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Curbside pickup, grocery delivery, and Zoom meetings became the norm for the many who stayed home at the height of the COVID-19 pandemic, as businesses looked for ways to survive during quarantine. But how many of those changes are here to stay?
"I am actually not seeing many pandemic practices that are here to stay for business," James Schrager, a clinical professor at the University of Chicago Booth School of Business, told VOA in an email ahead of an interview. "As we track in-person retail, it is booming. Flying is wildly busy. People want in-person instruction in classes," Schrager says. "Food delivery isn't growing, it is shrinking, and most realize it wasn't a profitable business for grocery retailers. People are glad to go back to see their doctors for routine check-ups. The snap-back to normal is almost complete and even cruise ships are starting to get booked."
But other COVID-19 changes may be more lasting. A study conducted by the business advisory firm BDO Digital shows that the pandemic forced businesses to pivot to digital, with 90% of middle-market organizations planning to maintain or increase their digital spending in 2021 and 53% planning to train their workforce to improve their digital fluency. One lasting pandemic change, according to Schrager, is the so-called Zoom effect, the use of online meeting platforms.
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"Last week, I had a meeting with a wonderful colleague in Italy on Zoom that was just beyond compare, that was free for both of us," he says. "He was in Italy. I'm right here in Indiana. Couldn't do that before — I mean, I could, but in practice, nobody taught me." More companies might be swiveling to digital, but that doesn't mean average Americans are following businesses' lead. In the first four months of 2021, online sales accounted for 13.6% of total sales. That number has increased by about 1% per year over the past decade. During the pandemic, that number increased more than 2%, but it is already coming down to pre-pandemic levels, Schrager said.
"When people couldn't go into the store, they used it (online shopping). The minute they could go into the store, we're back at it," he says. "So, the big takeaway is bricks-and-mortar retail has just taken another big experiment to show that they are not going away. People love to go out and love to shop. … Americans love the way they shop, always have." But the focus on convenience will remain, whether shopping is done online or in stores. "Buy completely online, buy completely in-store, two polar opposites," says Robert Brown, managing director at BDO Digital. "However, if you want to buy online and pick up in-store, or buy in-store and set up a return online, or have a curbside pickup, I think what you're seeing is a change to the way that these businesses have had to come out of chaos too, now, interesting new models that create these new experiences."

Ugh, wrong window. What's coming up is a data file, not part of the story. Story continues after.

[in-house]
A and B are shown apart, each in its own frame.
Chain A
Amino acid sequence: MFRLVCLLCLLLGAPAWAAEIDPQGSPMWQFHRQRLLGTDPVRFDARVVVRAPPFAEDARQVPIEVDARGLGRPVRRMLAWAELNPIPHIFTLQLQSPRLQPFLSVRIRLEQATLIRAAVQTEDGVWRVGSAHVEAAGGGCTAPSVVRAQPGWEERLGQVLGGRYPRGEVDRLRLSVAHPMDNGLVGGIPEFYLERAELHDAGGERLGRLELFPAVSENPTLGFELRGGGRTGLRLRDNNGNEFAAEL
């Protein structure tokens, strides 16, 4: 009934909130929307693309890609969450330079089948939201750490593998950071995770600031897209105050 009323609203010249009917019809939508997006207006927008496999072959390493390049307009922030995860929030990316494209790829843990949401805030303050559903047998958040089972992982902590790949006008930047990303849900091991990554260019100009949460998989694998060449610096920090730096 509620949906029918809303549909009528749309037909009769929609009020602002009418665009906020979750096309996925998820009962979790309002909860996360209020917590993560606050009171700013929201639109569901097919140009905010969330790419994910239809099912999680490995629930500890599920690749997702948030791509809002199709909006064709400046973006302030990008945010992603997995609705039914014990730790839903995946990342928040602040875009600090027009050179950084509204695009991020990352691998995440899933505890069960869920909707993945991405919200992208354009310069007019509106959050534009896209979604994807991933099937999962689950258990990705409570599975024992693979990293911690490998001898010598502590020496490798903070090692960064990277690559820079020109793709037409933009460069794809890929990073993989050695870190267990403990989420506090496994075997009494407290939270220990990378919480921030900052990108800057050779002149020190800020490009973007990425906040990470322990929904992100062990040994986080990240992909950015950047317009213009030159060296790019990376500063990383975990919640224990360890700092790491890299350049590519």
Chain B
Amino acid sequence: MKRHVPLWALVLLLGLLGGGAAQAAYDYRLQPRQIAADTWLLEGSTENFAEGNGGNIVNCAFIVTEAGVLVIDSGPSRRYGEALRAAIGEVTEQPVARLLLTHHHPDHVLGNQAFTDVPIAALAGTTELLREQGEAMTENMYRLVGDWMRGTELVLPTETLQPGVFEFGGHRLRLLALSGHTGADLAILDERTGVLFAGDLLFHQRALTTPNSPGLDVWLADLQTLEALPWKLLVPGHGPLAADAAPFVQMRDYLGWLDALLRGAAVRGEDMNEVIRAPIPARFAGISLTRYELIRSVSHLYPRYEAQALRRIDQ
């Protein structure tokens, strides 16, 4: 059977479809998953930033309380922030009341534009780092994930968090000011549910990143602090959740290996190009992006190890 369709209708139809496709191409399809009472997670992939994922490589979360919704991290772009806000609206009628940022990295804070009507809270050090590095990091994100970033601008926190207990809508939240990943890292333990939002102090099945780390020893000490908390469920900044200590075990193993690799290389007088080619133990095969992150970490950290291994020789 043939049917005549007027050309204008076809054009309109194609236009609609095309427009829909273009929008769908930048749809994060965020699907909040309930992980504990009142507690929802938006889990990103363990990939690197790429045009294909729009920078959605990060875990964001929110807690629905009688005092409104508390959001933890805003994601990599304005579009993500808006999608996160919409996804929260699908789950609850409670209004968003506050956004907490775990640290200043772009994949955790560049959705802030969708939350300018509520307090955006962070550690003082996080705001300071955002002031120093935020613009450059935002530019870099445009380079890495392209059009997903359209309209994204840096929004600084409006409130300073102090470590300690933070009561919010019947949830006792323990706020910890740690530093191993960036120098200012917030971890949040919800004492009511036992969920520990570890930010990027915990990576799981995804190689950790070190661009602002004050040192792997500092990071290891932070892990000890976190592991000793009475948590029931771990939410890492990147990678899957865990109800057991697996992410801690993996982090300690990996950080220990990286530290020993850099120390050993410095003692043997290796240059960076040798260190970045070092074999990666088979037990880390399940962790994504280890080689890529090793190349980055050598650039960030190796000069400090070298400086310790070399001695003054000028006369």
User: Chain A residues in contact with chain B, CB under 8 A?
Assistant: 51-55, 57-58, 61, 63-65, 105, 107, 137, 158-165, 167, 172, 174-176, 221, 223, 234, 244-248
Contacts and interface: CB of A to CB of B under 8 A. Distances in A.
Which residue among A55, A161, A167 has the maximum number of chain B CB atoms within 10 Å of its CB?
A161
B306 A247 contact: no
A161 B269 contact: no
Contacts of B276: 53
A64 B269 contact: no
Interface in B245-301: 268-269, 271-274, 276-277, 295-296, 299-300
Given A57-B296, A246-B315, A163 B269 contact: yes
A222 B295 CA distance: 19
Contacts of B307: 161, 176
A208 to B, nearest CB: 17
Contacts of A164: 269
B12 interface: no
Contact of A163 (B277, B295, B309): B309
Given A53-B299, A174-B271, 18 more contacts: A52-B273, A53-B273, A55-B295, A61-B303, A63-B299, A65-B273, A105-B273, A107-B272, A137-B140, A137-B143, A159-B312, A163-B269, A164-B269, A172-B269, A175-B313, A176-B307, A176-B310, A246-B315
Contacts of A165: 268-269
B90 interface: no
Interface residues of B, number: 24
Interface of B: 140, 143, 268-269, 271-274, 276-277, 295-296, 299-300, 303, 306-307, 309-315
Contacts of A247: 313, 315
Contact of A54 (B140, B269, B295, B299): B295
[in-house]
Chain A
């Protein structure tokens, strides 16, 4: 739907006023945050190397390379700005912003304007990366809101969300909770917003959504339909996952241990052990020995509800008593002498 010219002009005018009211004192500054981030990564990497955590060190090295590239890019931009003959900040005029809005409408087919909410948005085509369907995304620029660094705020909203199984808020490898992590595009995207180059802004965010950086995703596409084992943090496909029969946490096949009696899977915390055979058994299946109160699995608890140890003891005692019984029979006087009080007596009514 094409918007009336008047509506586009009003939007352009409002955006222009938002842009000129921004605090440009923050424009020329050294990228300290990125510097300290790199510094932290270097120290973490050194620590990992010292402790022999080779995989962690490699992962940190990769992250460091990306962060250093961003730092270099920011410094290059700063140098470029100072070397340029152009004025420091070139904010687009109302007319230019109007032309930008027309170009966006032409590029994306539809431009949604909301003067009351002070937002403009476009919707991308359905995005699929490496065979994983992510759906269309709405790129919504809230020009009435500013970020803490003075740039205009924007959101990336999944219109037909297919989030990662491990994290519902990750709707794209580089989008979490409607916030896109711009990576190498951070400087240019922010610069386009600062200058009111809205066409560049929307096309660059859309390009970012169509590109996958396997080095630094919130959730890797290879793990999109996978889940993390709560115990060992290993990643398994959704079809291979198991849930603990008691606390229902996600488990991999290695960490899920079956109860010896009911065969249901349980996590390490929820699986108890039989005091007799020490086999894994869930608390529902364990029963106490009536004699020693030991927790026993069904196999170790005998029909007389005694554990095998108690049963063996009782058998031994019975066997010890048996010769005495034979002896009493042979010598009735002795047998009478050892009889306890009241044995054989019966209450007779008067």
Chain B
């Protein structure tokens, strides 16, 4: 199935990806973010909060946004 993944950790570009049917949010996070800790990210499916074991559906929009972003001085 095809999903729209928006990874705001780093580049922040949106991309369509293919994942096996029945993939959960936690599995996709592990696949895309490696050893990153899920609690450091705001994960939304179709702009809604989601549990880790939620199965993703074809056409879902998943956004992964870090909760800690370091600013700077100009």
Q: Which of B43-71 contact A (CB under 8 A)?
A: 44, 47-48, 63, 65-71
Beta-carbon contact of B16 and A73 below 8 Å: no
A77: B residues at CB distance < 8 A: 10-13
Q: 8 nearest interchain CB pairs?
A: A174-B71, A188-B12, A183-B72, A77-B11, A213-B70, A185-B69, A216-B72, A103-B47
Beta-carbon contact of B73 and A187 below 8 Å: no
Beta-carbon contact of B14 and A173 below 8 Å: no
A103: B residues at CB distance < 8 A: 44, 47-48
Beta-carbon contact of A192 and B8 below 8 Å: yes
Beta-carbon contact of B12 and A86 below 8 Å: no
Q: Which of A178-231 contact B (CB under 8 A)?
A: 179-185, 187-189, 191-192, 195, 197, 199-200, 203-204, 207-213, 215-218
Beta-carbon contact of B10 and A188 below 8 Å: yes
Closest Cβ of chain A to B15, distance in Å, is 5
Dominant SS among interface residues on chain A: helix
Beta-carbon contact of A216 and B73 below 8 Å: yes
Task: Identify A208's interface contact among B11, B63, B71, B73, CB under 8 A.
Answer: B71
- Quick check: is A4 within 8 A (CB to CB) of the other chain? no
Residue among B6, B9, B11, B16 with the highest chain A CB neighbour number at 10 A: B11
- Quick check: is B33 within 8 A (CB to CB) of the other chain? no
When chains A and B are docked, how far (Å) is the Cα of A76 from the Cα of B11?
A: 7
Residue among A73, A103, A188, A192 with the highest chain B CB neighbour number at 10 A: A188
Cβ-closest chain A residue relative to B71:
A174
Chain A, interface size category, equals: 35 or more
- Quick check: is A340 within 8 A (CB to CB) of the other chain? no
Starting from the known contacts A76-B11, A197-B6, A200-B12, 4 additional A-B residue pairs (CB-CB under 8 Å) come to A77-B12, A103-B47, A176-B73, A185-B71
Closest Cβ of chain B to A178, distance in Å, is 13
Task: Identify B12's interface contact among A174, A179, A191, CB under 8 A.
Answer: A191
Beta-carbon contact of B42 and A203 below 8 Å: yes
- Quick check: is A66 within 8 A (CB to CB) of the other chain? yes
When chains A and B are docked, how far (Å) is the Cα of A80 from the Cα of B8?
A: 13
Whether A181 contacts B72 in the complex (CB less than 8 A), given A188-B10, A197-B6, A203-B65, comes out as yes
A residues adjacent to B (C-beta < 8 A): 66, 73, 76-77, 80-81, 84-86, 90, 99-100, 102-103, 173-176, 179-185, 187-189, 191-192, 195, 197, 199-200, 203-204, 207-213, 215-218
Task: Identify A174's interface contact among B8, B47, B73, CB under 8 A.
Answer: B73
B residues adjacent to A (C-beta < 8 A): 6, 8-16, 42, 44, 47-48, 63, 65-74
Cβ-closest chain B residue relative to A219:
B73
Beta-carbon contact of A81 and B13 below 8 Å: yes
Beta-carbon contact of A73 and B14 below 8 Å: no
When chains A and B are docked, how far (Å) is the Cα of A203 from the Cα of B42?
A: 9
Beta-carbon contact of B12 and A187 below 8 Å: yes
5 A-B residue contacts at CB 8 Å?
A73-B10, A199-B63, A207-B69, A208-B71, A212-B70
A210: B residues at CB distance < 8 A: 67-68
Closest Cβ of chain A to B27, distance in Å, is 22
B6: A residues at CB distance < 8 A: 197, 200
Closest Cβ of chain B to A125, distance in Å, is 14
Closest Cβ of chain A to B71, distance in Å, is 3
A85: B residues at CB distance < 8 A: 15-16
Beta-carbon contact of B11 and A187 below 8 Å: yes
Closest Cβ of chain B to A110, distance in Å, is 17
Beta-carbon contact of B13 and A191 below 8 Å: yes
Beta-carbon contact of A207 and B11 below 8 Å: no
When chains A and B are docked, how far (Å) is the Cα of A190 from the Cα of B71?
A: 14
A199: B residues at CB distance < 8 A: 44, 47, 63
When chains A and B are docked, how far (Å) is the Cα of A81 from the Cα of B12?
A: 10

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And although it might not be visible to the consumer, a lasting impact of the pandemic could be that some storefronts will act as distribution centers. "If I buy online and pick it up ... like in the restaurant industry, I can buy that burger, but it's actually being made by a ghost kitchen down the street, so that original restaurant that had a storefront is now actually making food for the branded storefronts that remain in place," Brown says. "So, we're actually seeing the shift, in some cases, of industries becoming wholesalers, if you will, instead of retailers in their brick-and-mortar operations."
Schrager believes food delivery services will continue pretty much as they were before the pandemic because bringing your goods to the customer is always more costly than having the customer come to you. Once restaurants are filling up again, losing profits to delivery apps becomes less attractive, he says. Ultimately, he says, the pandemic will not have a great impact on how we shop, eat out or generally live life. "The Zoom, I think, is a big deal, and the curbside pickup is a nice thing. But yeah, if we follow the numbers on online versus retail, (the pandemic was) just a blip," Schrager says. (VOA/JC)
By Monika Manchanda
Eating fruits is one of the most satisfying ways to tackle sweet-tooth cravings while meeting your nutritional needs. Despite many studies and research on fruit consumption in diabetes, there are a lot of speculations on the right kind of fruit consumption and its relation to blood sugar levels.
Eating seasonal and locally available fruit has many health benefits ranging from reducing sugar and inflammation levels to fighting high blood pressure -- thanks to their abundant vitamins and mineral presence! They are a powerhouse of antioxidants like vitamins A, B, C, E, and minerals like iron, calcium, magnesium, and fiber.
The fruits listed below are not just diabetic-friendly but are loaded with fiber and water content which can slow down the sugar spikes and sugar absorption rate. Apples are not just nutritious and filling; According to a study, they are significantly associated with a lower risk of type 2 diabetes if consumed in moderation. Turns out there is a truth in the old saying, "An apple a day keeps the doctor away", after all!
Apples are not just nutritious and filling; According to a study, they are significantly associated with a lower risk of type 2 diabetes if consumed in moderation. | Photo by Pierpaolo Riondato on Unsplash
Avocados are a great source of healthy fats and more than 20 vitamins and minerals. They are high in fibers as well, and have been linked with lowering the risk of diabetes. Berries: Adding berries is one of the best ways to add a variety to your diabetes-friendly diet. You can choose from blackberries, blueberries, or strawberries because all of them are power-packed with antioxidants, vitamins, and fibers. Papaya is rich in natural oxidants, which makes it a perfect pick for people with diabetes. It reduces the chances of future cell damage.